The grammars of programming languages are actually quite distinct from any natural language, while non-English speakers seem to have little difficulty learning the few dozen keywords in programming languages. This is not surprising, considering the fundamentally arbitrary nature of lexical assignment in natural language. In fact, English speakers may be handicapped in programming because they borrow inappropriate vocabulary from English .
Some cultures do have logographic rather than phonetic scripts, providing an interesting basis for speculation about VPs. Perhaps natural language imposes constraints that are removed by visual communication; if that were true, Chinese should be superior to the linear syntax of Indo-European languages. This position is not universally accepted - another author observes that written languages have evolved from hieroglyphics to more advanced modern forms.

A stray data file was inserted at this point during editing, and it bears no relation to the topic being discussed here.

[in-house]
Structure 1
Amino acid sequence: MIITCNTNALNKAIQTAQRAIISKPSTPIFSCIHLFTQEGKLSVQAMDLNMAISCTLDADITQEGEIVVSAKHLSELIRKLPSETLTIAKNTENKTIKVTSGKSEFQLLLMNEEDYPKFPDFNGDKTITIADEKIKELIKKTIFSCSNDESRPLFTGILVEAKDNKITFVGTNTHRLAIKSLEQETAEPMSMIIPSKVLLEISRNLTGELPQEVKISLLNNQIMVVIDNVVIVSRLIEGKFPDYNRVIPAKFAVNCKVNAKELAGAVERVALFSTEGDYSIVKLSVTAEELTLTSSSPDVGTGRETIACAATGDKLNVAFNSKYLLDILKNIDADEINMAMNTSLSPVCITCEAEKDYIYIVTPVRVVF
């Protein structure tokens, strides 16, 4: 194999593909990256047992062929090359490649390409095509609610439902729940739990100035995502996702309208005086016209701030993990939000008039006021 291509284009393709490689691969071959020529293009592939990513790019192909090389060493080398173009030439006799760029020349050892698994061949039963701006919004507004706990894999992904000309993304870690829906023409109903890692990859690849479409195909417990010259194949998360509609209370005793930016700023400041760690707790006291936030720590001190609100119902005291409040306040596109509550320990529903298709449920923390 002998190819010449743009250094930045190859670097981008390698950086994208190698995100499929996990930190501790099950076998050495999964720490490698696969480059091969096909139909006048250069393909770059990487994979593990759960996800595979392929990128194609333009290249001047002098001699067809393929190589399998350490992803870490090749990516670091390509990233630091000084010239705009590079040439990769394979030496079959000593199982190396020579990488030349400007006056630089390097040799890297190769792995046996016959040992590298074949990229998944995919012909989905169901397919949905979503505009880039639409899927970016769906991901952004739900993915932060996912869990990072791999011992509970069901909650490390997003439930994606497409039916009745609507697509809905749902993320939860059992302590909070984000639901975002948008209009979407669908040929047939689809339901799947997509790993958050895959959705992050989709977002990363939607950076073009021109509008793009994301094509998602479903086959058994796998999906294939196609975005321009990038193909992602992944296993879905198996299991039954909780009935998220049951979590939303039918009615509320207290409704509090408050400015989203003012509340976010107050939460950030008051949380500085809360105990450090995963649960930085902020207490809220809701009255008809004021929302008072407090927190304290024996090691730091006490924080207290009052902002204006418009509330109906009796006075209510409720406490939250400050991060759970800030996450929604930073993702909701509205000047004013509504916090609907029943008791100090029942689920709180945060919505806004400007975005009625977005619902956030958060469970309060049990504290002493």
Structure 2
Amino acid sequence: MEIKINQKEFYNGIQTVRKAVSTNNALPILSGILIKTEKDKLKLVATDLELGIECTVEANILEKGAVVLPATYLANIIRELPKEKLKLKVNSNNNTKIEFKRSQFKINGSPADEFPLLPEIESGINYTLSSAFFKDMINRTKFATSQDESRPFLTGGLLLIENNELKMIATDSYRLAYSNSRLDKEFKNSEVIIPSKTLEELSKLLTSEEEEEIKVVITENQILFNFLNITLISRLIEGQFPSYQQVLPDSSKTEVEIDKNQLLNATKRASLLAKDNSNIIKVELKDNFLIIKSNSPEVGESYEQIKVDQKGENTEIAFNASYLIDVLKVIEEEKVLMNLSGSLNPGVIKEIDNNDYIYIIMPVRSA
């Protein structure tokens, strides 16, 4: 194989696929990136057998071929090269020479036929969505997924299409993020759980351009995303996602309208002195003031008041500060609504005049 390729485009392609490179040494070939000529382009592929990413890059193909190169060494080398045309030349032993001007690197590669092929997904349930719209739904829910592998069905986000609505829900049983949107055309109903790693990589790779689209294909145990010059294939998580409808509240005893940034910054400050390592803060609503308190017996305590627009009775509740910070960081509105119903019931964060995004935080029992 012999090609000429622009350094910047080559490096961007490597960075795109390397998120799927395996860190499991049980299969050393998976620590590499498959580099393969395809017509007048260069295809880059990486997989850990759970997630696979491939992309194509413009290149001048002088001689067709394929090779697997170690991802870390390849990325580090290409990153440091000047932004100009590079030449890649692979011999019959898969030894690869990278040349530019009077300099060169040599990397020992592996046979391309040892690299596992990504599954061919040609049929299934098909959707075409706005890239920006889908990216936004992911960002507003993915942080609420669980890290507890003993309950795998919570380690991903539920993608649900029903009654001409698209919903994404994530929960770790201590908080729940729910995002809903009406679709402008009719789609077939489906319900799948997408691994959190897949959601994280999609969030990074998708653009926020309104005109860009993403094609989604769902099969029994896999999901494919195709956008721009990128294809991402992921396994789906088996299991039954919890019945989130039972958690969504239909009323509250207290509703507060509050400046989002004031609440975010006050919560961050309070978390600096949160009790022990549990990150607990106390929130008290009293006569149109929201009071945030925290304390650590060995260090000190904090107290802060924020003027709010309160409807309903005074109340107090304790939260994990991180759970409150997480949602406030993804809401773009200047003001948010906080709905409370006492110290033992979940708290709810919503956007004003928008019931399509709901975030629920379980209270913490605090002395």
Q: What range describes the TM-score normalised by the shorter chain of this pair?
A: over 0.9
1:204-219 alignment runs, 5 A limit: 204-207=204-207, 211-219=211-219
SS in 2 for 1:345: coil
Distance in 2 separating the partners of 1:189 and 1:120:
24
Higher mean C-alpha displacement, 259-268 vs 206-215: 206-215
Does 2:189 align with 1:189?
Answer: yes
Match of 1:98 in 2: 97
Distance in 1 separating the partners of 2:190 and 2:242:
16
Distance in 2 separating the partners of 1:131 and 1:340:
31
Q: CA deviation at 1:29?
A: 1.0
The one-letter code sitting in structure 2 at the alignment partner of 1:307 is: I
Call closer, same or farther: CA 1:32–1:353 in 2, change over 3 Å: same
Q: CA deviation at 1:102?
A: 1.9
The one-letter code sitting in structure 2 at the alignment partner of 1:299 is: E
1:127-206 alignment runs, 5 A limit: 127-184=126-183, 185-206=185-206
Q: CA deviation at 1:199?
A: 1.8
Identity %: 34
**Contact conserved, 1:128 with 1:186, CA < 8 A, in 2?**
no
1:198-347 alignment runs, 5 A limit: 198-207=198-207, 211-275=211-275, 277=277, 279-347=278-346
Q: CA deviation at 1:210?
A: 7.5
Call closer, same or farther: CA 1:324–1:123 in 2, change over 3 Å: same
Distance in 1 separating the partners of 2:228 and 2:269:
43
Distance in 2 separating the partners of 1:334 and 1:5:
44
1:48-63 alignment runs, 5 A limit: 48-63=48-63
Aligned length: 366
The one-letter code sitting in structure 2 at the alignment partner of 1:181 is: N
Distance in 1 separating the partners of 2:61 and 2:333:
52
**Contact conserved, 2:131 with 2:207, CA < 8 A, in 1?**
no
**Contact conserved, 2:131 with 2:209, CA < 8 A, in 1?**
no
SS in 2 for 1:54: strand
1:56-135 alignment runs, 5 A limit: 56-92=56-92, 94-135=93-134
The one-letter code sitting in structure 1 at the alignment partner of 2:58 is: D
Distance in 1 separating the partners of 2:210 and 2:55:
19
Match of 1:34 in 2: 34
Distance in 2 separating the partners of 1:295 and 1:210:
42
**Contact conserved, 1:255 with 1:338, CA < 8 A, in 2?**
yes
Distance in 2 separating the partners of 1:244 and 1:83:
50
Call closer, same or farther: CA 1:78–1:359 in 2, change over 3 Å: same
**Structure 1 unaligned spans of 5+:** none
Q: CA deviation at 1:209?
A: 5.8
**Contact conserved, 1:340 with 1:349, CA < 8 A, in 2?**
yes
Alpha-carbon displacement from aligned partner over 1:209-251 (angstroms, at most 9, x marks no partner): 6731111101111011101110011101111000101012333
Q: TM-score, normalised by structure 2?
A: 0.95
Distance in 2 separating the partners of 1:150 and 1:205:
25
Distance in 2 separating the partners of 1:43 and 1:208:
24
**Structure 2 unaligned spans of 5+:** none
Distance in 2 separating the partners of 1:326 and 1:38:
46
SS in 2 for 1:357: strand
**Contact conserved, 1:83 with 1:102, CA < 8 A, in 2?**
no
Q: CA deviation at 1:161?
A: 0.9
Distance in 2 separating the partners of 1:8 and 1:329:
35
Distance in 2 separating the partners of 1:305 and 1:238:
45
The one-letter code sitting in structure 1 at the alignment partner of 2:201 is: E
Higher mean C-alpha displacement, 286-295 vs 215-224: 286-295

Some less controversial claims include the observation that images can supplement other forms of communication, or that pictures can be an efficient means of communication for those with language handicaps. In the latter case, a parallel is sometimes drawn with the way that pictures can convey a message to the illiterate. It is suggested that VP can therefore provide a means of communication for the computer illiterate, or that pre-literate children can use VP systems.
The superior information content of pictures is often explained in terms of cognitive theories. An example is the observation that people communicate and acquire information more quickly through pictures than through text because an entire image as treated as a "single unit" by the brain, thereby providing a high communication bandwidth when compared to words, which must be recognised one at a time. It is certainly true that experts in a notation remember `chunks' rather than individual elements , but there are strong objections to the idea that the visual sensory modality is some kind of high speed data network.
The spirit of the newspaper motto may be better captured by statements of attitude than of information content. These include, for example, the beliefs that people generally prefer pictures to words, motion pictures to books, and graphs to tables.